As an international business coach, Jacob Aldridge, Director of Strategic Advisory at accounting firm Business Depot, has helped more than 300 mid-sized businesses improve their financial position.
He identifies three key areas companies should focus on to drive profits: product extensions, new channels and setting a capacity growth plan.
Product extensions leverage existing expertise and market knowledge. “As a rule, a company's second product or service is always more profitable than its first," says Aldridge.
Opening new channels need not necessarily mean extensive geographic investment. “When a business is clear about its cost base, sourcing channel partners can rapidly increase volume of sales with minimal deterioration of margin," Aldridge explains.
Setting a capacity growth plan gives the CFO greater understanding of the company's resources and constraints, and helps to surface hidden waste.
Says Aldridge: “While most companies pursue incremental growth, based on top line revenue figures, implementing a capacity model allows a business to focus on profitable sweet spots in their journey. “The biggest mistake I see profit-seeking mid-market businesses make is growing revenue instead of profits, on the belief it will trickle down to their bottom line. This is rarely the case."
Many businesses start with a single product or service, and it is usually something the business owner or co-founders are good at producing. Over time, as they grow, they build a client base and improve on their product.
“They will usually build a team to help sell, build or deliver their product as well, and the founder's focus shifts to team management rather than working with clients," explains Aldridge." As a result, they miss the greatest opportunity for new sources of profit, which is adding additional products or services to their business."
He says there are two reasons why new products are usually more profitable than the original one. First, the business doesn't need to spend time and money finding customers. They can simply roll out the new product into the existing client base.
Second, and perhaps more importantly, the business now has a much greater understanding of its customers' needs than it did when it began.
“A mid-market business will usually have a large client base. Having a client-facing team listening for common problems in the market generates opportunities to create and sell solutions to resolve those problems," says Aldridge.
Whereas many new businesses start with ideas that were generated in a basement, a mid-market business can extend its service line with a clear value proposition wrapped in a brand that its customers already trust.
CFOs can feel squashed between the nimble abilities of start-ups and the market power of bigger corporations. But the mid-market position can be an advantage. CFOs who continually find new profit sources typically see their business as being perfectly placed to out-manoeuvre corporations while leveraging their overall market experience. According to Aldridge, this is best evidenced through referral partnerships, where a company sells their products or services through partners rather than doing it all themselves.
For example, many Australian businesses compete to sell products to supermarkets. Their leaders know that the increased volume achieved through supermarket sales will allow them to increase both revenue and profit, even if they have to reduce their margins slightly.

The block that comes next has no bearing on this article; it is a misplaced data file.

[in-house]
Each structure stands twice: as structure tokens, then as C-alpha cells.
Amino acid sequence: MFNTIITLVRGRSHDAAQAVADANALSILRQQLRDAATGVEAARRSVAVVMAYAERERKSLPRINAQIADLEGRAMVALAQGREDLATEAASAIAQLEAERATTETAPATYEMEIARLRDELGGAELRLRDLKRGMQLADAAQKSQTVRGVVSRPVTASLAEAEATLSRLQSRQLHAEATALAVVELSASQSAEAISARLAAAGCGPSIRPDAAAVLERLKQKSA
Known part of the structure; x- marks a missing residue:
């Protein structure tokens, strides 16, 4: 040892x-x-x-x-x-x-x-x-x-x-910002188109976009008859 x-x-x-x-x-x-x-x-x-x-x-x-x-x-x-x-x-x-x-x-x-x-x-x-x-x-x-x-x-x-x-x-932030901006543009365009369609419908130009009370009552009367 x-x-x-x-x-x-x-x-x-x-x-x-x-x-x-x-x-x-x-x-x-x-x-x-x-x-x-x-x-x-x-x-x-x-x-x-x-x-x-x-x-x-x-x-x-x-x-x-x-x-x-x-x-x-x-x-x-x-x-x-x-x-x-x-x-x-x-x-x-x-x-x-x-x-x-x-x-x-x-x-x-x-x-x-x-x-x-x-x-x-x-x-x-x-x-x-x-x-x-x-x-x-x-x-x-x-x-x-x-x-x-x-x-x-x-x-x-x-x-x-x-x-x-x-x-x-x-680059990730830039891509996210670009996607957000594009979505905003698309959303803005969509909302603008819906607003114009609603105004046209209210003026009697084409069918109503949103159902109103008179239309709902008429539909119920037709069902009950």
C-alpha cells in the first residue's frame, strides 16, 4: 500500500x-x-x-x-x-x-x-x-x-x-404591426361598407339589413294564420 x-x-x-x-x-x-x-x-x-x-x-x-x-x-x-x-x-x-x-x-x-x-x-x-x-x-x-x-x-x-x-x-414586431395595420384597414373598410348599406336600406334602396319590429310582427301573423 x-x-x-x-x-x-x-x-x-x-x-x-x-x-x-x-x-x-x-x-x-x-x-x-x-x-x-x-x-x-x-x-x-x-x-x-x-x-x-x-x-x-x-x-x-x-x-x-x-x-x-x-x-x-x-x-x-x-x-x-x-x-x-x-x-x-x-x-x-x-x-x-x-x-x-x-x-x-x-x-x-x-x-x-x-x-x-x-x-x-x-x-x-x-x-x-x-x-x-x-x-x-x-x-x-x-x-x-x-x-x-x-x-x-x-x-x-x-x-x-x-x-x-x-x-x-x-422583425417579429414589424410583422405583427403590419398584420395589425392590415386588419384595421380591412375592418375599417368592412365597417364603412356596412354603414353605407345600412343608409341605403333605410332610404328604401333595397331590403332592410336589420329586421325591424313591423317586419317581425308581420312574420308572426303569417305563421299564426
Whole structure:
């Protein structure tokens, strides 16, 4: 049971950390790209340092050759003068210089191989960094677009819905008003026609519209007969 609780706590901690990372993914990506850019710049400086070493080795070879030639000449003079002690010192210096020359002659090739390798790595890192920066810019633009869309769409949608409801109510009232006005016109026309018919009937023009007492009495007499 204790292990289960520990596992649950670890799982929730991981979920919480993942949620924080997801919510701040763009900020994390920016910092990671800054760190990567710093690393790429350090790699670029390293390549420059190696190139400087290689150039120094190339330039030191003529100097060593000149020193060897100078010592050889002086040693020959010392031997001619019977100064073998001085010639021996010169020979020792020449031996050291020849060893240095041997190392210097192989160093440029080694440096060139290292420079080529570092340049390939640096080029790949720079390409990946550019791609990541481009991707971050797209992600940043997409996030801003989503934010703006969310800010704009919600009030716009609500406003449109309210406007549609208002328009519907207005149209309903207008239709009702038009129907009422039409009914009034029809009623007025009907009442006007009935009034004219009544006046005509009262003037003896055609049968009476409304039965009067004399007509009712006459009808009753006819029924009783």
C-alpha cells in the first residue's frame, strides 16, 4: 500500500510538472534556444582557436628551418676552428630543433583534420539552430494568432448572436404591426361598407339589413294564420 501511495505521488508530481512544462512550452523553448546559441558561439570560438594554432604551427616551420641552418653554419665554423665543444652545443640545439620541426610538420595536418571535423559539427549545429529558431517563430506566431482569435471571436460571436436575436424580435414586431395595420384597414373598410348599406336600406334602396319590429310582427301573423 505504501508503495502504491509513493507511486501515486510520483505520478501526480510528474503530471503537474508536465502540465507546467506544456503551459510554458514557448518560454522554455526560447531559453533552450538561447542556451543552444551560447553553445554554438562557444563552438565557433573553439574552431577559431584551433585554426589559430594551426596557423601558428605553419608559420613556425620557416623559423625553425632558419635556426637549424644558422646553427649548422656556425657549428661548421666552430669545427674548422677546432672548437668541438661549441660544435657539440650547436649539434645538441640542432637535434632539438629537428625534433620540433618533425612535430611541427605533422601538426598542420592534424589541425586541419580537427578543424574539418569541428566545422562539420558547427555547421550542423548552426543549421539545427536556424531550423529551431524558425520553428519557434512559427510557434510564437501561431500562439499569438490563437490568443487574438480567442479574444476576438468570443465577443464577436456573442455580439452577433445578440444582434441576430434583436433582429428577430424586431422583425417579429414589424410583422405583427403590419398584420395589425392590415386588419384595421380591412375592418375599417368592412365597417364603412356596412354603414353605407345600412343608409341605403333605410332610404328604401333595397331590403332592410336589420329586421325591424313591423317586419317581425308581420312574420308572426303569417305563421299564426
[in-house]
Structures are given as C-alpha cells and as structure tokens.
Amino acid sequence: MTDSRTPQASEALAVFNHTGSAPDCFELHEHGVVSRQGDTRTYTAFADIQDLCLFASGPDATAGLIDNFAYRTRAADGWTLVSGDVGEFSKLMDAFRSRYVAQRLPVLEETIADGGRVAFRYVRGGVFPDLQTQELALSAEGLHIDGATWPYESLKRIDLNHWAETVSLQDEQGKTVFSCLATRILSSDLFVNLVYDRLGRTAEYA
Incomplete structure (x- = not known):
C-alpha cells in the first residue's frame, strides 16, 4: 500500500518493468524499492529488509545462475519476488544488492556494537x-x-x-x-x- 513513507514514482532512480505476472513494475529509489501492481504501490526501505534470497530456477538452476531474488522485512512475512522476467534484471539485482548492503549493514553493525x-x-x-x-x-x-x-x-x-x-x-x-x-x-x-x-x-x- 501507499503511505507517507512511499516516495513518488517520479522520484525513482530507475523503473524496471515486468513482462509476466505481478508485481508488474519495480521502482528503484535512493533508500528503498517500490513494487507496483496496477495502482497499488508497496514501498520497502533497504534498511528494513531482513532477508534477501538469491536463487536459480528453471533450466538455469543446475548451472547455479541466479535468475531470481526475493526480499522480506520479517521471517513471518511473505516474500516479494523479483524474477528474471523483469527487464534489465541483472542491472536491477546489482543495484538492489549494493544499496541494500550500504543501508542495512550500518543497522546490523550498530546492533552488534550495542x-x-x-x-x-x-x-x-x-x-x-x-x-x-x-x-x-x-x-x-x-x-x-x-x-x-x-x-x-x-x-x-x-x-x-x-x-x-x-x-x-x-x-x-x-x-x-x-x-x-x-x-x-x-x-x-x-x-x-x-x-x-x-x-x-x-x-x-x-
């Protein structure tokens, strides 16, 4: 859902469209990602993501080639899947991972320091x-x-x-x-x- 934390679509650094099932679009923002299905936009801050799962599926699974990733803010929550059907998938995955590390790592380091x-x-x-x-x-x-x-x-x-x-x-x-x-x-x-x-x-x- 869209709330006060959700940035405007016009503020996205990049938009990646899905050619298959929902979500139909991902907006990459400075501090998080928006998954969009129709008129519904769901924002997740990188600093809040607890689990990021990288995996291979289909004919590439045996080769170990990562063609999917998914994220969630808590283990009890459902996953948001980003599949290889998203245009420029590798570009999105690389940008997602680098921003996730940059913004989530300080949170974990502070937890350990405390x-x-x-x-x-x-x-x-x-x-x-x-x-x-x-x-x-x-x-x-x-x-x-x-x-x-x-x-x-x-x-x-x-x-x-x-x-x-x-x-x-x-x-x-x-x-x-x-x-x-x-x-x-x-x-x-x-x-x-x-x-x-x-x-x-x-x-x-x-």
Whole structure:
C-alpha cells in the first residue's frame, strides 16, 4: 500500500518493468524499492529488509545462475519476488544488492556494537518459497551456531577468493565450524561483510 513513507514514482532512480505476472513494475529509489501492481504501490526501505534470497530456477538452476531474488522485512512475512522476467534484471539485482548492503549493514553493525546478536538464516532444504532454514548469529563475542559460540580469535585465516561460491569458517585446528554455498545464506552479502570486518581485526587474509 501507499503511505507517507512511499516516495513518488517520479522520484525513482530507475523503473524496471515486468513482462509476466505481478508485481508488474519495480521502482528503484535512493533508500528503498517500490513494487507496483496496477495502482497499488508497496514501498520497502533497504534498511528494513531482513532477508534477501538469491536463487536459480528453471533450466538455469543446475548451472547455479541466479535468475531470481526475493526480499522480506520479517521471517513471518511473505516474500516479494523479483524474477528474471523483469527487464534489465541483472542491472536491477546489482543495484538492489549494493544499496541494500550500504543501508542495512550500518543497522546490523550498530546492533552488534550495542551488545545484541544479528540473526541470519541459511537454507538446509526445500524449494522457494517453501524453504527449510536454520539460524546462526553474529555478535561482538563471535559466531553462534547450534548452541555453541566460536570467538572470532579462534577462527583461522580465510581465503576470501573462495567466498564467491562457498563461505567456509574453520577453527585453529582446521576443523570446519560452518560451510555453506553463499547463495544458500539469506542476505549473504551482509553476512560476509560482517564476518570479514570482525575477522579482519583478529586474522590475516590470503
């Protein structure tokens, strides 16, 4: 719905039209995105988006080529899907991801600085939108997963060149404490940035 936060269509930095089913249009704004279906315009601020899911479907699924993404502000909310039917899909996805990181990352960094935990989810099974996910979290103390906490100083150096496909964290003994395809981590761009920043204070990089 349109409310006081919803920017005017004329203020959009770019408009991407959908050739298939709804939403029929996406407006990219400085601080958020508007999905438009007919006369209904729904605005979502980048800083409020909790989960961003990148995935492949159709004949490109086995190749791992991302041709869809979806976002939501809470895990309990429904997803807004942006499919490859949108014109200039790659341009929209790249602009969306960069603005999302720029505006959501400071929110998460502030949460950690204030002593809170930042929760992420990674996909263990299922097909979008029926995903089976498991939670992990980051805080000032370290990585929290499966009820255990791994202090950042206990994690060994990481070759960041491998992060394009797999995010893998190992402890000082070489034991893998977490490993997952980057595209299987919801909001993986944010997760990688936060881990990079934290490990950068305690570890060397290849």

“Mid-market businesses need to think like those product companies. Rather than owning the whole customer journey from sales to delivery, aim to partner with other companies who have existing market access. This will allow you to increase your profits by providing your services to their clients, and if you can't systemise your product in order to do so then you've just discovered some major business inefficiencies you need to work on," Aldridge advises.
Capacity growth plan
Aldridge says "growth" can be a dangerous word in business, because it means different things to different people. “In business, many people equate growth with revenue growth, which can mean they ignore the desirable outcome of more profit," he observes. "It is much better to focus on profit growth, which means reviewing the capacity of your business - how much revenue you can realistically generate - against your actual utilisation."
According to Aldridge's figures, most Australian businesses are running at between 60% and 80% of their realistic capacity.
“The gap represents waste and inefficiencies in these business, and that waste comes directly from their bottom line. When I work with my business consulting clients I look for waste across six categories, but the most common in mid-market businesses are poor sales systems, a dysfunctional organisational structure and a lack of useful business data," he explains.
Simply redefining roles and responsibilities, implementing a simple set of meaningful key performance indicators, and switching the sales process from salesperson to customer-centric can mean a significant uplift in revenue. Since these changes don't mean increasing staffing levels, most of the benefit goes straight to the bottom line as profit. Aldridge says there could even be opportunities to redeploy staff more effectively, since "you'll normally have more time in your week than before."
Aldridge's key message for CFOs is to pursue all three of these paths to drive the business forward. Start with product extensions, then moving on to exploring new channels, before ultimately developing a robust capacity growth plan. Take it step by step and measure your results along the way, to ensure you're focusing on the areas of the business that have the most potential to drive your business forward in the future.
Three ways to generate new revenue sources:
- Product extensions
- New markets
- A capacity growth plan